No wonder then that the skeptics focus their aim at the forms of Christianity that they see out in the real world rather dive down intellectual rat holes.  Not that coming to grips with some of these thinkers isn't potentially rewarding.  But let's be honest, when it comes to a choice between Eberhard Jüngel and Franklin Graham, crotchety old Franklin will win hands down every time (and frankly, if you've ever tried to read Jüngel, you'll understand why.)

And while that happens, you can hardly blame Christianity's critics for directing their firepower in the direction where all the fuss is.


  1. Agreed. Richard Dawkins may not understand Paul Tillich's theology, but he doesn't need to. He offers very valid (and, in my opinion, devastating) critiques of the fuzzy, half-baked beliefs 95% of the faithful hold to.

    1. When Dawkins pointed out that Craig defended the killing of Canaanite children, Dawkins was accused of only bashing fundamentalists and not engaging with sophisticated theology.

      When Dawkins then refused to debate Craig, it turned out that Craig had all along been one of the foremost Christian thinkers in the world and Dawkins was accused of not engaging with sophisticated theology.

  2. I believe your point is well taken. Mark Knoll touched on this same theme in his book "The Scandal of the Evangelical Mind." The debate has become so sharp between atheists and Christian apologists that I believe reasonable debate has become extinct. For example, many of the respondents to your statement will assume exactly what you said you are not doing: engaging in a pro-atheistic rant. They will see it exactly that way and rush to jump on the bandwagon with supportive statements without ever understanding the point of what you said. A snappy salute for Dawkins is the prescribed attitude. Christians on the other hand would see your statement as another indefensible attack on Christianity. It is neither. What you have tried to do is find that slice of rationality where constructive debate can happen but that has become ever so tiny.

    -- Neo

  3. Skeptics clearly haven't done the hard yards by researching the leading thinkers.

    True, and neither have the Christians themselves. They would have to break down the closed doors of the biblical scholars who are completely out of touch with what Christian churches actually teach their congregants. Far from being on the beaten track of Christianity, the biblical scholar is an aloof, far out doofus as far as the every day, average church goer is concerned.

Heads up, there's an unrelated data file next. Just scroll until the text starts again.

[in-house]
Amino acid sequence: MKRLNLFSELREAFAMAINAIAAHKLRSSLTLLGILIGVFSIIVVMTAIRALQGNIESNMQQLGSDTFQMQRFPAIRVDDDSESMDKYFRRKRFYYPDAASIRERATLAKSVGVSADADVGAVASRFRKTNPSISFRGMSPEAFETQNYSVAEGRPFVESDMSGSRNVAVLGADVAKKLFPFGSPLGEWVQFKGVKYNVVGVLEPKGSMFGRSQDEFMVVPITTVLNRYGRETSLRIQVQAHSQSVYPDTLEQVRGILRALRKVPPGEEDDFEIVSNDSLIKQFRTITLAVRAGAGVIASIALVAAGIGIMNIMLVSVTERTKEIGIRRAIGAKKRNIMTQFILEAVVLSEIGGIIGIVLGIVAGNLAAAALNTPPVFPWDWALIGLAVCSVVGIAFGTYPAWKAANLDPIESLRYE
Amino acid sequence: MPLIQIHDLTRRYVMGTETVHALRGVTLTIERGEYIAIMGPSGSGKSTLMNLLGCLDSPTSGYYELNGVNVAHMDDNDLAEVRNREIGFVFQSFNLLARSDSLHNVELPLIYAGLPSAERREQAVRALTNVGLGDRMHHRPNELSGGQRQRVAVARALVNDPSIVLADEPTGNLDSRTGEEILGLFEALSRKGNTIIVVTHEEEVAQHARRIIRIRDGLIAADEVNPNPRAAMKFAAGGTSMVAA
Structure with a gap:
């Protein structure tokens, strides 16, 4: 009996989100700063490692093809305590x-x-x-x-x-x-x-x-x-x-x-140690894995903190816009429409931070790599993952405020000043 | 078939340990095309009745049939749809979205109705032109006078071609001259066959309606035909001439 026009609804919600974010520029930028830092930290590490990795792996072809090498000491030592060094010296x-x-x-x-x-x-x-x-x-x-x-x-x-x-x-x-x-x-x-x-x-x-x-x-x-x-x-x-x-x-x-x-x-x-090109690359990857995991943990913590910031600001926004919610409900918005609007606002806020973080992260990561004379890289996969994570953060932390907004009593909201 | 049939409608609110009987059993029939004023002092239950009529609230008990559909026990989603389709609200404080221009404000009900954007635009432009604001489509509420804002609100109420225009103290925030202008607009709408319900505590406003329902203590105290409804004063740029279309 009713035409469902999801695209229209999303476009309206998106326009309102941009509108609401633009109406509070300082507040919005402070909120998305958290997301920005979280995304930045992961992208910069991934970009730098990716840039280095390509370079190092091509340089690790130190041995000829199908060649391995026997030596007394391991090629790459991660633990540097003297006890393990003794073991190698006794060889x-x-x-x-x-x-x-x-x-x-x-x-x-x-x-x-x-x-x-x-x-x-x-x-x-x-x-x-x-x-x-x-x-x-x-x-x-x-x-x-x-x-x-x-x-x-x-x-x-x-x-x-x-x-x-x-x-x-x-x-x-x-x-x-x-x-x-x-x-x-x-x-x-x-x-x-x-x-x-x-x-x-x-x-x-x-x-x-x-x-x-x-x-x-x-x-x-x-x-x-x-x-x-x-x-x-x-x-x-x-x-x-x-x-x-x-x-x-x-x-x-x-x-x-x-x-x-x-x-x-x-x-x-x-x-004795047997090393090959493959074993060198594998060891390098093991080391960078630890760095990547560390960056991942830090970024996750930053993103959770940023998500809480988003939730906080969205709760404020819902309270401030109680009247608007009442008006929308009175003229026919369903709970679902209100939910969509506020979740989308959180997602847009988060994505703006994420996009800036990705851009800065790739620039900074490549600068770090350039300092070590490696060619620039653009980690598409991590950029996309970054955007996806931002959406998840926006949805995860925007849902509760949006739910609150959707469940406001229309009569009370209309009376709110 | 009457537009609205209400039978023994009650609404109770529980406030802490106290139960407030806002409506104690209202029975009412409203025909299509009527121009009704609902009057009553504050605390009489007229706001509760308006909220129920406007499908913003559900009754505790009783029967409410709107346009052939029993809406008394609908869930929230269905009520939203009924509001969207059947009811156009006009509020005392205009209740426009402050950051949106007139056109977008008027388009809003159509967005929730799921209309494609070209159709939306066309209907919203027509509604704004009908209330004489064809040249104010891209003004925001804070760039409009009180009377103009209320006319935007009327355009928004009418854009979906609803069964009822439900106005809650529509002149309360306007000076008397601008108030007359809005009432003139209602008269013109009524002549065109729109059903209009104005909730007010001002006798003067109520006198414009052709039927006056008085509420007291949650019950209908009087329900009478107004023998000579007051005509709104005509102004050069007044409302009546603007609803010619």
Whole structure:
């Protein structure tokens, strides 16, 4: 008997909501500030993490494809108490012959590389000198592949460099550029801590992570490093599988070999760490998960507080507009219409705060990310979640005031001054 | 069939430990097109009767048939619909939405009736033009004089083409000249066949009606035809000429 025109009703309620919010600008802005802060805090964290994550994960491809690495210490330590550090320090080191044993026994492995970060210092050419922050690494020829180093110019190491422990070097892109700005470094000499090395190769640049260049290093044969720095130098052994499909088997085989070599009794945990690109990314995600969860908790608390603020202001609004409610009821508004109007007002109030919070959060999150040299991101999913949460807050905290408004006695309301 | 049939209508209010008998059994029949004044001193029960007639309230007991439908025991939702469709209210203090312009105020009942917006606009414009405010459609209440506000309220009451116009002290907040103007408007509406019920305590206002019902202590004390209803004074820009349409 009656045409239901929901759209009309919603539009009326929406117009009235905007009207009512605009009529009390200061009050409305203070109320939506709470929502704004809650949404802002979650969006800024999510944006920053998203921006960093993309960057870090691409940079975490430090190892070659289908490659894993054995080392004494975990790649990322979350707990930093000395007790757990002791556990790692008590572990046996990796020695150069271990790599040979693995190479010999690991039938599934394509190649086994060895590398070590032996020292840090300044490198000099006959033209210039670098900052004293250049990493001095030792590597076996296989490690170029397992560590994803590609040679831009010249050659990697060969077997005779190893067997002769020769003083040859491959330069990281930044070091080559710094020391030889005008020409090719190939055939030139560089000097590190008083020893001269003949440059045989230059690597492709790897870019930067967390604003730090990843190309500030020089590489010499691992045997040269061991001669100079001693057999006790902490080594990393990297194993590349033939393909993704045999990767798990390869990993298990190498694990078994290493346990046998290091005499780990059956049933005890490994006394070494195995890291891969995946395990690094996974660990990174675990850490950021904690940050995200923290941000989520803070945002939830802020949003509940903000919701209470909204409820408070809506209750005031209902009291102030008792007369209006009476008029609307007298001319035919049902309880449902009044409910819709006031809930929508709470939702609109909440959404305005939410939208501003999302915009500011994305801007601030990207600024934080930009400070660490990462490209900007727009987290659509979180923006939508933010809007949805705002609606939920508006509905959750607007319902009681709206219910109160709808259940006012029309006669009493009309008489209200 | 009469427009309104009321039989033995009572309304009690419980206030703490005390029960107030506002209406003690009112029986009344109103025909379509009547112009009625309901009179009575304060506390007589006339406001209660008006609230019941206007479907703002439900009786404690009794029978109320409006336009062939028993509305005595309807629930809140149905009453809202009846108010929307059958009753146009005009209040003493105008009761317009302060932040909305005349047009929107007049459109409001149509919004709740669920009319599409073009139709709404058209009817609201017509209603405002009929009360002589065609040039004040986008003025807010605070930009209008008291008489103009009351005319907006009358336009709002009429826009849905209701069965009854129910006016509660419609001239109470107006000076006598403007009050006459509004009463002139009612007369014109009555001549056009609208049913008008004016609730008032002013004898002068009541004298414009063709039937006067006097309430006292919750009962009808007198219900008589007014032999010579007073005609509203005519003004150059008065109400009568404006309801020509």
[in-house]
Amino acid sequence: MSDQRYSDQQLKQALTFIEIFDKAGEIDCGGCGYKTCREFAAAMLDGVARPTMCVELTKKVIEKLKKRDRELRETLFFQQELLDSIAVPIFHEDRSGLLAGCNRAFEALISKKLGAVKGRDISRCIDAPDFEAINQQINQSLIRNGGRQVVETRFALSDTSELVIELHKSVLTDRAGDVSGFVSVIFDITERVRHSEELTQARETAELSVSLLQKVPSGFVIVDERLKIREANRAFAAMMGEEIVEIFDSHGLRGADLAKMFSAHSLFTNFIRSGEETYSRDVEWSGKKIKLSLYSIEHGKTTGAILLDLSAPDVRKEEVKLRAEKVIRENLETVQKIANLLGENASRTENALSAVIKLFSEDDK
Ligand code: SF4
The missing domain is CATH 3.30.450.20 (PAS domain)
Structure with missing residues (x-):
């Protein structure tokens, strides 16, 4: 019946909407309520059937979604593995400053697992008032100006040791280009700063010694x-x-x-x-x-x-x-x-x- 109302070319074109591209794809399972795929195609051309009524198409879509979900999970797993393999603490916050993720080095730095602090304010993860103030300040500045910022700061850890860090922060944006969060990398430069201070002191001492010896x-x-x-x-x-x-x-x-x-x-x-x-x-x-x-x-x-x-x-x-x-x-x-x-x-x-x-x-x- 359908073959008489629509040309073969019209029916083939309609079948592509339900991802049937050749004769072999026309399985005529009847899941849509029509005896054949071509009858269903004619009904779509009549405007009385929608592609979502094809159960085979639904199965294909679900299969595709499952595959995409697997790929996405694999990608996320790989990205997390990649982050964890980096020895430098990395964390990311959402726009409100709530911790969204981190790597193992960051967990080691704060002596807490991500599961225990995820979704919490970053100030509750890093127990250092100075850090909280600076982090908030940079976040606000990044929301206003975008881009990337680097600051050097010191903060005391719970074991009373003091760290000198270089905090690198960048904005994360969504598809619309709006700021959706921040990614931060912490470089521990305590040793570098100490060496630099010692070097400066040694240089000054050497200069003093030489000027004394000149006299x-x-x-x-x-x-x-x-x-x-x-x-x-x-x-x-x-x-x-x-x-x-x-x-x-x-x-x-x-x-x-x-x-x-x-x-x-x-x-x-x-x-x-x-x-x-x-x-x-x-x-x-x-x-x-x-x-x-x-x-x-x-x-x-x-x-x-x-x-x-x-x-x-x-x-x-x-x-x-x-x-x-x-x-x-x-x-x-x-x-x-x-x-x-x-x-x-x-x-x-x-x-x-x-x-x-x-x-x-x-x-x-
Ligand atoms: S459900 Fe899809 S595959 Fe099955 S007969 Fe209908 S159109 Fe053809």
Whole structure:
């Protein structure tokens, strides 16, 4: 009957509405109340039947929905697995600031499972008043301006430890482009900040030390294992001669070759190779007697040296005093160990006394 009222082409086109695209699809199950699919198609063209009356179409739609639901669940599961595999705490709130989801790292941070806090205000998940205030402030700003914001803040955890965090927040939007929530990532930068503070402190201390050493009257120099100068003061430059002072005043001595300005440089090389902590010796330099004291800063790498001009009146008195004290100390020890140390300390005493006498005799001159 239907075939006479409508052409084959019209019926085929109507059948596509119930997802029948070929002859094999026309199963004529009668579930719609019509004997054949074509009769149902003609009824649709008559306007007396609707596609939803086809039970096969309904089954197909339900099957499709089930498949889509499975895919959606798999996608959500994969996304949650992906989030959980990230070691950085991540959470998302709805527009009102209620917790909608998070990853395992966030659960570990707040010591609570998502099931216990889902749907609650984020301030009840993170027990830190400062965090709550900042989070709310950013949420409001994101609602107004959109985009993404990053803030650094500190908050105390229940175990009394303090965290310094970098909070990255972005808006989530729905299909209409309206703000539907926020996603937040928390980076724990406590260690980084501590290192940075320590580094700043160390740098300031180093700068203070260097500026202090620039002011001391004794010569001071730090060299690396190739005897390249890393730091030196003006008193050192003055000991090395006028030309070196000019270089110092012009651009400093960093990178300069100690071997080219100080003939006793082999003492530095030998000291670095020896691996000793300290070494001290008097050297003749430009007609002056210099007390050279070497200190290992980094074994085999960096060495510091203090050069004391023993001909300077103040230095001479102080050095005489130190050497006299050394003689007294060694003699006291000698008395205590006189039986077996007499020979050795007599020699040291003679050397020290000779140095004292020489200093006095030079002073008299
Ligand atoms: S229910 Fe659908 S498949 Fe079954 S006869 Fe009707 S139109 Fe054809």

I don't know many times I have heard an average church goer say that they don't care how much alphabet soup a scholar has after his name, they know what the bible says and they don't need any scholars to tell them.

    Well, they don't, I reckon, because they do have the Reverend Billie Bob to tell them all they need to know. Don't even need to read the bible, they know what it says...and so forth and so on...and they're not gonna be fooled by no dang college professors!

    But, when their simplistic (and ignorant) beliefs are attacked by skeptics they run to those same hated "know nothing" biblical scholars for protection.

    It's all confirmation bias, of course, the desire to believe those who confirm our presupposed beliefs and assumptions. And, there's no way to escape confirmation bias except by accepting evidence based arguments - whether we want to or not.

    Now, people say they would accept the truth, no matter what it is, but they prove every Sunday that they really won't. It has been proved, with plenty of evidence, that evolution is true. Yet, people would still prefer to believe that God poofed everything into existence, as is. Then, there are others who choose to believe God poofed the universe into existence from nothing and let evolution take it's course from that point.

    That's when they allow cognitive dissonance to take control of their thinking and try their best to believe two opposites at the same time, black is white and white is black...the sun orbits the earth and the earth orbits the sun, everything had a cause, God didn't have a cause.